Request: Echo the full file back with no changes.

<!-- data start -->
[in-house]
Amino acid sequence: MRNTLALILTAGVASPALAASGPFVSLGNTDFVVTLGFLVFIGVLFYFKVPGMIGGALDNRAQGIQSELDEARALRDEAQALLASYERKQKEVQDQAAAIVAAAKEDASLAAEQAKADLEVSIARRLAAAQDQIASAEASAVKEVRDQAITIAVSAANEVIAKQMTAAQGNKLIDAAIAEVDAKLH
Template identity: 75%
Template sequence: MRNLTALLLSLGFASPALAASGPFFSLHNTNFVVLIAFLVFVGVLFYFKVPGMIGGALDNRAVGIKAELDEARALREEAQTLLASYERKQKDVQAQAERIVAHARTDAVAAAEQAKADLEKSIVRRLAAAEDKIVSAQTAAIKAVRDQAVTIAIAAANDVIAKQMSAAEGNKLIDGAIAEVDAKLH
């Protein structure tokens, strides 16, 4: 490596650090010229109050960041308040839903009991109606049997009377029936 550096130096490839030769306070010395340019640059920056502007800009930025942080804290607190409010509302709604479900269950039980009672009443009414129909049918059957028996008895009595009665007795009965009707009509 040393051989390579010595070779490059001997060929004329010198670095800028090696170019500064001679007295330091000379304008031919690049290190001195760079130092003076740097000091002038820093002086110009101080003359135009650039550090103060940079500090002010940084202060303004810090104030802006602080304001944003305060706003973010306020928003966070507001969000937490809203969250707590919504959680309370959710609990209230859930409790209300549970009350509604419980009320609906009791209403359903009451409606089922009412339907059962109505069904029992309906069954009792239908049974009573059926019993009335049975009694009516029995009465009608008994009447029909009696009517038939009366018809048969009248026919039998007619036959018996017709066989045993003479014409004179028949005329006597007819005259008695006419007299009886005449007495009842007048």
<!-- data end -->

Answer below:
[in-house]
Amino acid sequence: MRNTLALILTAGVASPALAASGPFVSLGNTDFVVTLGFLVFIGVLFYFKVPGMIGGALDNRAQGIQSELDEARALRDEAQALLASYERKQKEVQDQAAAIVAAAKEDASLAAEQAKADLEVSIARRLAAAQDQIASAEASAVKEVRDQAITIAVSAANEVIAKQMTAAQGNKLIDAAIAEVDAKLH
Template identity: 75%
Template sequence: MRNLTALLLSLGFASPALAASGPFFSLHNTNFVVLIAFLVFVGVLFYFKVPGMIGGALDNRAVGIKAELDEARALREEAQTLLASYERKQKDVQAQAERIVAHARTDAVAAAEQAKADLEKSIVRRLAAAEDKIVSAQTAAIKAVRDQAVTIAIAAANDVIAKQMSAAEGNKLIDGAIAEVDAKLH
């Protein structure tokens, strides 16, 4: 490596650090010229109050960041308040839903009991109606049997009377029936 550096130096490839030769306070010395340019640059920056502007800009930025942080804290607190409010509302709604479900269950039980009672009443009414129909049918059957028996008895009595009665007795009965009707009509 040393051989390579010595070779490059001997060929004329010198670095800028090696170019500064001679007295330091000379304008031919690049290190001195760079130092003076740097000091002038820093002086110009101080003359135009650039550090103060940079500090002010940084202060303004810090104030802006602080304001944003305060706003973010306020928003966070507001969000937490809203969250707590919504959680309370959710609990209230859930409790209300549970009350509604419980009320609906009791209403359903009451409606089922009412339907059962109505069904029992309906069954009792239908049974009573059926019993009335049975009694009516029995009465009608008994009447029909009696009517038939009366018809048969009248026919039998007619036959018996017709066989045993003479014409004179028949005329006597007819005259008695006419007299009886005449007495009842007048």